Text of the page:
The effectiveness of polygraphs
A polygraph, more commonly known as a lie detector, measures and takes record of a number of physiological indicators such as pulse, blood pressure, respiration, and skin conductivity while a subject is asked to answer a sequence of questions. The belief supporting the use of the polygraph is that misleading or deceptive answers will produce physiological reactions that can be distinguished from those related to non-deceptive responses; the polygraph is one of numerous devices that can be used in lie detection.
The effectiveness of polygraphs is widely debated in the community of scientists. In 2001, a noteworthy segment of the scientific community deliberated that polygraphy to be pseudoscience. In 2002, a review by an American agency known as the National Academies of Science found that in populaces of untrained in countermeasures, lie detection can differentiate between lying and truth-telling at levels above chance, yet below perfection. These outcomes apply only to particular events and not to the screening where it is of popular assumption that polygraph would work less effectively. Efficacy may also be degraded by countermeasures. Some countries make use of polygraphs as a tool for the interrogation of criminal suspects or applicants for certain public or private sector employment. American law enforcement and federal control agencies such as the FBI (Federal Bureau of Investigation) or the CIA (Central Intelligence Agency) and several other police departments, for example, the LAPD, use polygraph tests to interrogate suspects and examine new employees. Within the United States federal government, a lie detection exam is also known as a psychophysiological detection of deception (PDD) examination.
Lie detection testing is designed to analyse the physiological reactions of those being tested. However, studies have indicated that there aren’t really any specific physiological reactions connected with lying and the brain activity and mechanisms linked with lying are actually indefinite, creating some difficulty in identifying aspects that differentiate liars from truth tellers. Polygraph testers also prefer using their own individual method of scoring, rather than computerised techniques, as they can more simply support their own evaluations.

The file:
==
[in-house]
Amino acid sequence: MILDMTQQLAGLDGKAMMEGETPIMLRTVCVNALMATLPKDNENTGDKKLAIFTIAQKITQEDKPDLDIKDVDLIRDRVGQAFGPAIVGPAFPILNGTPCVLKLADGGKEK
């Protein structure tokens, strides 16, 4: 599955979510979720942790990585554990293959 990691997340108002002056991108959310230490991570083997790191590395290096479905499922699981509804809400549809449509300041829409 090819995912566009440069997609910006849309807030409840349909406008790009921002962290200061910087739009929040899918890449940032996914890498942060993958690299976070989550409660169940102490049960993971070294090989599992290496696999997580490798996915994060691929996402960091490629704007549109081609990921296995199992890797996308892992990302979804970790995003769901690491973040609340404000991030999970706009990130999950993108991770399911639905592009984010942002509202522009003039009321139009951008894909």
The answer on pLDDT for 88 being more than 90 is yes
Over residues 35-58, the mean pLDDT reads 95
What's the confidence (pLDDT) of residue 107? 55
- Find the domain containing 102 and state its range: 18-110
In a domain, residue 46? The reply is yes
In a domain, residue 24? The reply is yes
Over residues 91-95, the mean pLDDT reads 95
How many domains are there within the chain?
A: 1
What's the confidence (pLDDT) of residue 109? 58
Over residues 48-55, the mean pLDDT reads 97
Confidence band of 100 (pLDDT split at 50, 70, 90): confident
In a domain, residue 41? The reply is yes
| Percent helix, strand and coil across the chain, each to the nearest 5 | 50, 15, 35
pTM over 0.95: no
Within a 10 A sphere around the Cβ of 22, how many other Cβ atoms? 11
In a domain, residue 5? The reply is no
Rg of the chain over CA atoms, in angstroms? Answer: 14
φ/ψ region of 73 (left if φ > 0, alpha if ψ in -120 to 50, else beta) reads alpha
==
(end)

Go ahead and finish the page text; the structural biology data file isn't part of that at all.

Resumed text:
The probable lie test was developed to contest the issues with the relevant-irrelevant testing method debate. Even though the relevant questions asked in the probable lie test are employed to spark a reaction from liars, it can also gain a reaction from the innocent subject who is afraid of false detection. The physiological reactions that "distinguish" liars, may also occur in individuals who fear a false detection, or feel passionately that they did not commit the crime. Therefore, although a physiological reaction may be occurring, the reasoning behind the response may be different. Further examination of the probable lie test has shown that it is partial towards innocent subjects. Those who are incapable of thinking of a lie in relation to the relevant question will inevitably fail the test.
Despite the debate around the validity of the polygraph, it has proven to do more good than bad. Life Crusader Polygraph Services offers quality polygraph testing services for the corporate as well as private sector. Life Crusader Polygraph Services uses the well-known AVSAPRO, which is a leader in fully automated voice polygraph technology.